When Should I Update My Hearing Aids?


When Should I Update My Hearing Aids?

When Should I Update My Hearing Aids?

The question of when to replace a set of hearing aids isn’t always easy to answer. Ultimately, it’s about what you want to get out of a set of hearing aids and how your current hearing aids are working for you. Hearing aids are a considerable expense, and any quality set of hearing aids is built to last, yet they still have to live in or around our ears for most of the day. Unlike a cell phone or tablet, you can’t put them in a protective case, and they’re exposed to the elements just as much as we are!

Different For Everybody

Some people seem to have it easy with hearing aids. Their body chemistry is such that their hearing aids don’t really accumulate too much skin oil or earwax, and their lifestyle keeps them from getting too sweaty, which helps keep their hearing aids moisture-free. These are the chosen, lucky few!

Others may live in a less-hospitable climate, or may produce more earwax, or sweat more profusely. Some people are more physically active than others, or may be less fastidious in maintaining their hearing aids. Keeping moisture out of hearing aids is an uphill battle: about 60% of out-of-warranty repairs are made due to moisture-related damage.

Each night when we remove our hearing aids, it is important to wipe them down with a clean, dry cloth. If they use disposable batteries, leave the battery compartments open overnight to let some moisture evaporate. These practices alone can considerably extend the life of a set of hearing aids. Regular professional cleanings can also help, in addition to the occasional repair. Sometimes, after a professional cleaning, it can seem like a “veil has been lifted” from the sound of our hearing aids. Because the buildup occurs so slowly, we might not even realize that our hearing aids are functioning suboptimally until they’ve been cleaned up!

After a while, your hearing aids will likely show signs of wear that indicate it is time to replace them. They may start to funciton erratically, or provide inadequate sound. Sometimes repairs can help with this, but eventually the hearing aids’ misbehavior will become frequent enough that it’s time to replace them.

All of that being said, the lifespan you can expect from a set of hearing aids is around 3–7 years. That’s a wide range, due to all the considerations above, but that’s the long and short of it!

Changes in Prescription

While some models of hearing aid can provide assistance for all degrees of hearing loss, some may be appropriate for only mild or mild-to-moderate hearing loss. These can be a great option, especially for new wearers.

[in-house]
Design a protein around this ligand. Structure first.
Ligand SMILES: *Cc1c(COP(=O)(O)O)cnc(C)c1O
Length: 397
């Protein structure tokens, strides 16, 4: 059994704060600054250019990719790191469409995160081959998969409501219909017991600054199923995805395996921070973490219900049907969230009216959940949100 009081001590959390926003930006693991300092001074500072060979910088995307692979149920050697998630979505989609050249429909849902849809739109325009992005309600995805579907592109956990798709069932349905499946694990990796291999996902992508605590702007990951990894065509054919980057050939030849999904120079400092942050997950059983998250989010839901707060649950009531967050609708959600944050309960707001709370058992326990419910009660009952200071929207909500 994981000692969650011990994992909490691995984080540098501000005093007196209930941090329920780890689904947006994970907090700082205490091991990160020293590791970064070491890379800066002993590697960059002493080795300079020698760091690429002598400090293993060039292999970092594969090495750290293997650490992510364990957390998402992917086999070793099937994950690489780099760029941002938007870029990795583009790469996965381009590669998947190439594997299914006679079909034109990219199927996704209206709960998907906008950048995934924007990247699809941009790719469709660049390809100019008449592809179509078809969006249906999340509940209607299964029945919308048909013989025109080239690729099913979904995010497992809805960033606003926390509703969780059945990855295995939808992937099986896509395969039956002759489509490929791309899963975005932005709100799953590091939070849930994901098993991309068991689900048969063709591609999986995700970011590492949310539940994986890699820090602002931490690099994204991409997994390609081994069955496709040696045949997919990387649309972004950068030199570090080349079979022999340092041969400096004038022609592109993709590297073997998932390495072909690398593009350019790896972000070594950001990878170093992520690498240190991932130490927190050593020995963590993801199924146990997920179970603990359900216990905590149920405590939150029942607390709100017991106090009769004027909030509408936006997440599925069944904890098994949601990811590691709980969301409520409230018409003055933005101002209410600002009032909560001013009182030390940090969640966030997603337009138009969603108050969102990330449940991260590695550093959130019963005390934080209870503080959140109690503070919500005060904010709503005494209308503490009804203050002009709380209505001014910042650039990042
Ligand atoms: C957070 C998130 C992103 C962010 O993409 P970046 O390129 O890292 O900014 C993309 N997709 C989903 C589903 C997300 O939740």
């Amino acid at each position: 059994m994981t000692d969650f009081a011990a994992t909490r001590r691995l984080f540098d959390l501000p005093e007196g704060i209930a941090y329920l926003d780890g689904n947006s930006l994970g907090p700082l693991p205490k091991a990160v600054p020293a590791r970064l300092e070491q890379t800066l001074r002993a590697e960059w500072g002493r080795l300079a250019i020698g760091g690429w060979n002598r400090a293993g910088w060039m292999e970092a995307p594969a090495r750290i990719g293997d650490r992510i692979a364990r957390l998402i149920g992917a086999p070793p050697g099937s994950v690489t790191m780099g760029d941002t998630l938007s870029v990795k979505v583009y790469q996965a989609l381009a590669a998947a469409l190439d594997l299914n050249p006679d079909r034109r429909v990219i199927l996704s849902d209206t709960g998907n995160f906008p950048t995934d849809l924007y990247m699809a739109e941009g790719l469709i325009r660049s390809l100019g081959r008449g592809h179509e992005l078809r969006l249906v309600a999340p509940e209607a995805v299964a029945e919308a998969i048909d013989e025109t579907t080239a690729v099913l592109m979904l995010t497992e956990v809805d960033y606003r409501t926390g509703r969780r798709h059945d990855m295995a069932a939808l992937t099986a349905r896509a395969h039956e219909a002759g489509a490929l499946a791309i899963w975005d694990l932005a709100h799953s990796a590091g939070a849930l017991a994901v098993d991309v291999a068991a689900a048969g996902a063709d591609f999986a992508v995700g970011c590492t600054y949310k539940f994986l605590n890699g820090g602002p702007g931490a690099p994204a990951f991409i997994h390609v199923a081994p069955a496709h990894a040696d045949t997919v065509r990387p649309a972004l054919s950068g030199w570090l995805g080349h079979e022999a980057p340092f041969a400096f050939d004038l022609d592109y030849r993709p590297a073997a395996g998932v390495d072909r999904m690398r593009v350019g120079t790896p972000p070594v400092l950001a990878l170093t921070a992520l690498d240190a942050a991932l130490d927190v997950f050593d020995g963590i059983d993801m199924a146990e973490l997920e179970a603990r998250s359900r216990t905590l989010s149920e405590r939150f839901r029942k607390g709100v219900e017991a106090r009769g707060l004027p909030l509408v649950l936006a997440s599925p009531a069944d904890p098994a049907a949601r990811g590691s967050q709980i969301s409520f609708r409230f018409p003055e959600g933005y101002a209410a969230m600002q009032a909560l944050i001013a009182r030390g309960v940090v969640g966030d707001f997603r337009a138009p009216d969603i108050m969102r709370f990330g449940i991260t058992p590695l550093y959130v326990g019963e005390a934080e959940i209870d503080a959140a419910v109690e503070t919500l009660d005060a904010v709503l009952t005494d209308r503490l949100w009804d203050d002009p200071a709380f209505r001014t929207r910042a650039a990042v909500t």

But hearing loss is a process. Usually, hearing loss progresses for a while and then plateaus at a certain point. We can’t be certain where anyone’s hearing will plateau until it happens, so it may be that after wearing your hearing aids for some time, you’ll need to switch to a model that provides more power.

Meeting Your Needs

After wearing hearing aids for a while, we get a sense of where they’re working well and where they leave something to be desired. You might have a basic software package that works well at home, but you have trouble hearing in some public places. It could be that a more sophisticated software package could be right for you.

It’s also the case that hearing aid manufacturers release new models regularly. Much the same as the latest generation of smartphones is more powerful and capable than the previous, so it is with hearing aids. It may be that a newer hearing aid can solve a specific problem you’ve been experiencing with your current aids.

New Technology

This is a similar consideration to the last, but sometimes new technology is valuable on its own terms. Maybe you haven’t thought about video-conferencing directly through your hearing aids, but once you experience the high quality of direct sound through wireless Bluetooth connectivity, you might appreciate being able to hear your friends and loved ones more clearly on the phone and through your computer.

Most manufacturers now have Bluetooth connectivity that allows you to control a lot of the programming of your hearing aids from your smartphone. We can even adjust the deeper programming via telehealth, right through your phone, without an office visit!

If you’re thinking of upgrading your hearing aids, or thinking of getting your first set, make an appointment for a hearing test and find out what’s on the market today!

Connecting People | May is Better Hearing and Speech Month!

Connecting People | May is Better Hearing and Speech Month!

Connecting People | May is Better Hearing and Speech Month! The American Speech-Language-Hearing Association (ASHA) celebrates Better Hearing & Speech Month (BHSM) every May. This is a time to help spread awareness of communication disorders—such as hearing loss—and promote some of the life-altering treatments and prevention measures that are out there. If you’ve ever been concerned about hearing loss, read on!